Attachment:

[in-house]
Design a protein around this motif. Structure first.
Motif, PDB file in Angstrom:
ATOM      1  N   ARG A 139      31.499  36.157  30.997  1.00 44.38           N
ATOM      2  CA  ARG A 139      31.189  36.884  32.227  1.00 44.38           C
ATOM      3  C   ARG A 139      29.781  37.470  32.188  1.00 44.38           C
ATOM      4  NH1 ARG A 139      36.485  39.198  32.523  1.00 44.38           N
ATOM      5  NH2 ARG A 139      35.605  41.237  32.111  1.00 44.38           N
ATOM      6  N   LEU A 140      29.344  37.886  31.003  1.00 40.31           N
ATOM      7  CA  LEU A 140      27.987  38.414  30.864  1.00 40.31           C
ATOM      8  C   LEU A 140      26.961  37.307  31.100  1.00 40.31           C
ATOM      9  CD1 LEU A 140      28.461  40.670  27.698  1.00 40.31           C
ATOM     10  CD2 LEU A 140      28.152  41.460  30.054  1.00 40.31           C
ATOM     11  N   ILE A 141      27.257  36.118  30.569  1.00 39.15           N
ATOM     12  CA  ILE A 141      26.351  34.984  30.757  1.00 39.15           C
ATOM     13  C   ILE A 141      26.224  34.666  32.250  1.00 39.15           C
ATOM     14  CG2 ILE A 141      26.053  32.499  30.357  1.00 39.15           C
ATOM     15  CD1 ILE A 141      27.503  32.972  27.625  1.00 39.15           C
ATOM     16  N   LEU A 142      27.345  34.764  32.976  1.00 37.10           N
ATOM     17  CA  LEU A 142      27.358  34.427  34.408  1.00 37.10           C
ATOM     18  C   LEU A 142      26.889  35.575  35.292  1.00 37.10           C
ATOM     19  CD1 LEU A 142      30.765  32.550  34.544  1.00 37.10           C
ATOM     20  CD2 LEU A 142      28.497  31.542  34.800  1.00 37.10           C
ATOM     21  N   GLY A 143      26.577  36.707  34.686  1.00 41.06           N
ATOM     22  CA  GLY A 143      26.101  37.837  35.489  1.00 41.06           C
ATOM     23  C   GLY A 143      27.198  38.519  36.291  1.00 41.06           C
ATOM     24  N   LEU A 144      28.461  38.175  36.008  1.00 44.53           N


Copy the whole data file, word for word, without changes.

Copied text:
[in-house]
Design a protein around this motif. Structure first.
Motif, PDB file in Angstrom:
ATOM      1  N   ARG A 139      31.499  36.157  30.997  1.00 44.38           N
ATOM      2  CA  ARG A 139      31.189  36.884  32.227  1.00 44.38           C
ATOM      3  C   ARG A 139      29.781  37.470  32.188  1.00 44.38           C
ATOM      4  NH1 ARG A 139      36.485  39.198  32.523  1.00 44.38           N
ATOM      5  NH2 ARG A 139      35.605  41.237  32.111  1.00 44.38           N
ATOM      6  N   LEU A 140      29.344  37.886  31.003  1.00 40.31           N
ATOM      7  CA  LEU A 140      27.987  38.414  30.864  1.00 40.31           C
ATOM      8  C   LEU A 140      26.961  37.307  31.100  1.00 40.31           C
ATOM      9  CD1 LEU A 140      28.461  40.670  27.698  1.00 40.31           C
ATOM     10  CD2 LEU A 140      28.152  41.460  30.054  1.00 40.31           C
ATOM     11  N   ILE A 141      27.257  36.118  30.569  1.00 39.15           N
ATOM     12  CA  ILE A 141      26.351  34.984  30.757  1.00 39.15           C
ATOM     13  C   ILE A 141      26.224  34.666  32.250  1.00 39.15           C
ATOM     14  CG2 ILE A 141      26.053  32.499  30.357  1.00 39.15           C
ATOM     15  CD1 ILE A 141      27.503  32.972  27.625  1.00 39.15           C
ATOM     16  N   LEU A 142      27.345  34.764  32.976  1.00 37.10           N
ATOM     17  CA  LEU A 142      27.358  34.427  34.408  1.00 37.10           C
ATOM     18  C   LEU A 142      26.889  35.575  35.292  1.00 37.10           C
ATOM     19  CD1 LEU A 142      30.765  32.550  34.544  1.00 37.10           C
ATOM     20  CD2 LEU A 142      28.497  31.542  34.800  1.00 37.10           C
ATOM     21  N   GLY A 143      26.577  36.707  34.686  1.00 41.06           N
ATOM     22  CA  GLY A 143      26.101  37.837  35.489  1.00 41.06           C
ATOM     23  C   GLY A 143      27.198  38.519  36.291  1.00 41.06           C
ATOM     24  N   LEU A 144      28.461  38.175  36.008  1.00 44.53           N